Homily for Ash Wednesday
Prayer. Fasting. Almsgiving. Our Gospel for today really speaks about these aspects of Lent in a truly beautiful way. In fact, this Gospel kind of gives us the roadmap for making a successful Lent.
Prayer. As Christians, it is a necessity for us to pray and have a personal relationship with God. That relationship is the very foundation of every aspect of the Christian life. From it, we receive and strengthen our identity as beloved sons and daughters of the Father. And flowing from that identity we also receive our mission as Christians. We come to know how the Lord is calling us to love Him, to serve Him, and to give witness to Him.
Fasting. This particular practice of the Lenten season has much more meaning to it than simply giving something up. We are called to examine our hearts and discover the areas of our lives where we constantly turn away from God. When we go to confession, what are the sins that we typically confess? We all have our favorite sins – those sins that we constantly find ourselves falling into. What might the Lord be calling us to sacrifice surrounding those things? Fasting is meant to help us learn how to be better disciplined, to grow in being able to control ourselves better and live more in line with the teachings of the Church. Are we going to take that seriously this Lent?
Almsgiving. Lent isn’t just about giving something up; we are also asked to add something, to do something for the Lord and for others. Each Lent, we are called to embrace the act of charitable giving as a way of making the needs of other people our own. “One of the central lessons of the cross is compassion; the heavy burdens we carry help us to appreciate the suffering in others. Sharing our material goods is often just the beginning of real Christian giving. We are also called to share our time tending to people in need.” So this Lent, what practical things can we do to unite ourselves to the suffering of others and to the suffering of Jesus on the Cross?
Prayer. Fasting. Almsgiving. The keys to a successful Lent, which begins today with the celebration of Ash Wednesday, the beginning to what sometimes can be the lengthy journey of Lent. As we begin this holy season, let’s take a moment today, in prayer, to thank God for all that He has done for us in bringing us to this point, thank Him for all the blessings He has given us throughout our lives. We should also take some time to reflect on what the Lord may be calling us to sacrifice, to fast from this Lent. And then make a resolution to do something as well. In what way is the Lord calling us to do something for others?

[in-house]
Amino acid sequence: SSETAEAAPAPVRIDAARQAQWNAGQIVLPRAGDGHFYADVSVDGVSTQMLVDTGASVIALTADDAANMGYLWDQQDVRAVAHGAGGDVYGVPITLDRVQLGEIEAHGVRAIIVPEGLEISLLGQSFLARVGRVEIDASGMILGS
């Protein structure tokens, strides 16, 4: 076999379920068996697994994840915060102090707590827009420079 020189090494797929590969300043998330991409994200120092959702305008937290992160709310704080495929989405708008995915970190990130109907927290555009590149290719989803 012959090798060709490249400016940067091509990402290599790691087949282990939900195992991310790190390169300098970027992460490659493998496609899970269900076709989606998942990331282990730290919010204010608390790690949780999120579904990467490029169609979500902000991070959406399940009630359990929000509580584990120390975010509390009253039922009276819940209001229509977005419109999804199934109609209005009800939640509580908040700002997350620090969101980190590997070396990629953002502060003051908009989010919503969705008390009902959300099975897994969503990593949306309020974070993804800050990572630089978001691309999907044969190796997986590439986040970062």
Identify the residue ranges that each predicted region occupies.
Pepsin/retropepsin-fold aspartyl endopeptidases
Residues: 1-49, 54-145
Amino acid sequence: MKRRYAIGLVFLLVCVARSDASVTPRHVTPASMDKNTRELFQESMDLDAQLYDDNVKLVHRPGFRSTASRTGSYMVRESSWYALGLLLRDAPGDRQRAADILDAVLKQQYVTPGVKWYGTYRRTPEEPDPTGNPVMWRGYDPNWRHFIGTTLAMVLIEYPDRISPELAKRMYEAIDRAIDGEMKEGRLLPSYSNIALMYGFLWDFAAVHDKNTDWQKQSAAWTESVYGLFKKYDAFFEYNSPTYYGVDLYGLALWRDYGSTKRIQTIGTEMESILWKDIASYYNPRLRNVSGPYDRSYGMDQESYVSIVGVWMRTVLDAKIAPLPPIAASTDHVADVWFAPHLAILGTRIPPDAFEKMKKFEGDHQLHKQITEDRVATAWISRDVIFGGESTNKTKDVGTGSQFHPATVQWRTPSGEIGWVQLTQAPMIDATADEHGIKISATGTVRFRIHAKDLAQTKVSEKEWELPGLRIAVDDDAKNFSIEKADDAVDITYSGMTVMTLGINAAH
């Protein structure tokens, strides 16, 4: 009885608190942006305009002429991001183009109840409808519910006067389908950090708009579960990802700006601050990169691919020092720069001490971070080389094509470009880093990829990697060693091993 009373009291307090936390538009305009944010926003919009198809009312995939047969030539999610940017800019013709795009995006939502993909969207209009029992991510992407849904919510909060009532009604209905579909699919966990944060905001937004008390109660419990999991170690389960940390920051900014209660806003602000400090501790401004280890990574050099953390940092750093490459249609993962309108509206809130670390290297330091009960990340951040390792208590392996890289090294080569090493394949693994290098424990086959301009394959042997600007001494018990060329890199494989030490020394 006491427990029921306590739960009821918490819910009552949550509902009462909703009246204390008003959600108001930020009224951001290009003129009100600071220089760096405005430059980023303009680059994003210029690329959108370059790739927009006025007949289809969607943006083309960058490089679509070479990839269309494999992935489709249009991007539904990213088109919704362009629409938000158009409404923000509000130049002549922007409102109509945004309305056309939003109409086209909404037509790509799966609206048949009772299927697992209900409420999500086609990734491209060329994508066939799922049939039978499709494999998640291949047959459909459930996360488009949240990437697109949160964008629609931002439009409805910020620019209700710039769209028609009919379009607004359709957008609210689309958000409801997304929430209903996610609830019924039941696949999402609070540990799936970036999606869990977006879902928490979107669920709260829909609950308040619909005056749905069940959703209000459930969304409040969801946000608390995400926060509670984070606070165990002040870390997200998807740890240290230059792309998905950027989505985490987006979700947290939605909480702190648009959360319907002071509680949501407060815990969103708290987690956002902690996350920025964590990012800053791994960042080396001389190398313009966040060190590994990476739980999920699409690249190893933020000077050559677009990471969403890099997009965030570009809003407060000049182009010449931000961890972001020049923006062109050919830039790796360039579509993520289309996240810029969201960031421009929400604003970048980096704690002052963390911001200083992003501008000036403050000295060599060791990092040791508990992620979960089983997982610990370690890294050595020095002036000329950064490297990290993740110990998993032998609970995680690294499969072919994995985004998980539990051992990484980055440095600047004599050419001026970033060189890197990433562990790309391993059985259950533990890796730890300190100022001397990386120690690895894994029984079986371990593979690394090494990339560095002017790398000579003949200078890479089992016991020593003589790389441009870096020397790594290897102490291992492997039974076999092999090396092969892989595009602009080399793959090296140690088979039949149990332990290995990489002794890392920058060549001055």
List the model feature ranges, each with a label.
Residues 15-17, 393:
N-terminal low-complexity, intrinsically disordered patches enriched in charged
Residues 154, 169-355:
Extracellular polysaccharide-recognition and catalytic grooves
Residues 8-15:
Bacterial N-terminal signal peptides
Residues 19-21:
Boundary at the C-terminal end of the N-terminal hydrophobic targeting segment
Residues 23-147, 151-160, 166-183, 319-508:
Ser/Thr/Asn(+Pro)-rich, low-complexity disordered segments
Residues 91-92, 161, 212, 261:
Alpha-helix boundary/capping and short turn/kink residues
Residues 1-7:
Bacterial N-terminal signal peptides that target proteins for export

In just a few moments, we will all come forward to receive ashes, a reminder to us that we were fashioned out of the dust and will one day return to that dust. It’s a call to us to take seriously our own journeys of faith. This year, the distribution of ashes will look differently than in years past. Rather than having the ashes placed in the sign of the cross on our foreheads, they will be sprinkled upon the tops of our heads. When you come forward, we ask that you bow your heads so that the minister can place ashes appropriately. You will hear us say: “Repent and believe in the Gospel” or “Remember that you are dust and to dust you shall return.” After hearing those words, you may return to your pews.
When we leave here today, we won’t have a visible sign expressing to others that we are Christians. That means that we will have to be those visible signs. We will have to be those witnesses that point others to Christ by our words and our actions, something that we are called to strive for each and every day, not just on Ash Wednesday. We will rise to the challenge? May we all go out and be those witnesses that bring others to an encounter with Christ.